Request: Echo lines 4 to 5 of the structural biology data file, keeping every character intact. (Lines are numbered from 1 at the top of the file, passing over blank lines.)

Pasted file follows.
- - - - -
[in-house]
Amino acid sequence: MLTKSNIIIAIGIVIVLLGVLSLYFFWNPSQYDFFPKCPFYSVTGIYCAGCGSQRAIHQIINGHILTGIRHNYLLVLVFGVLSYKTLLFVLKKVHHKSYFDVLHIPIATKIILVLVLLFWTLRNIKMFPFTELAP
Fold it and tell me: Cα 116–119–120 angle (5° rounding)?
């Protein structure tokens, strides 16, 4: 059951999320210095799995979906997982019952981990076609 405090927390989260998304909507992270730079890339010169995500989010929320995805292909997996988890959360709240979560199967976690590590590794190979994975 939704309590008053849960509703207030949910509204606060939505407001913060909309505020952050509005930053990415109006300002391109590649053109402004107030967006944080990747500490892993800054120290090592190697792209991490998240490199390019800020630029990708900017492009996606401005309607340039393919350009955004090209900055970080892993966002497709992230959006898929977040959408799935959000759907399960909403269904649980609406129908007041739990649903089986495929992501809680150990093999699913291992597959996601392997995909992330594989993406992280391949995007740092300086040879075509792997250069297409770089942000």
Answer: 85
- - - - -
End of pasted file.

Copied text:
């Protein structure tokens, strides 16, 4: 059951999320210095799995979906997982019952981990076609 405090927390989260998304909507992270730079890339010169995500989010929320995805292909997996988890959360709240979560199967976690590590590794190979994975 939704309590008053849960509703207030949910509204606060939505407001913060909309505020952050509005930053990415109006300002391109590649053109402004107030967006944080990747500490892993800054120290090592190697792209991490998240490199390019800020630029990708900017492009996606401005309607340039393919350009955004090209900055970080892993966002497709992230959006898929977040959408799935959000759907399960909403269904649980609406129908007041739990649903089986495929992501809680150990093999699913291992597959996601392997995909992330594989993406992280391949995007740092300086040879075509792997250069297409770089942000």
Answer: 85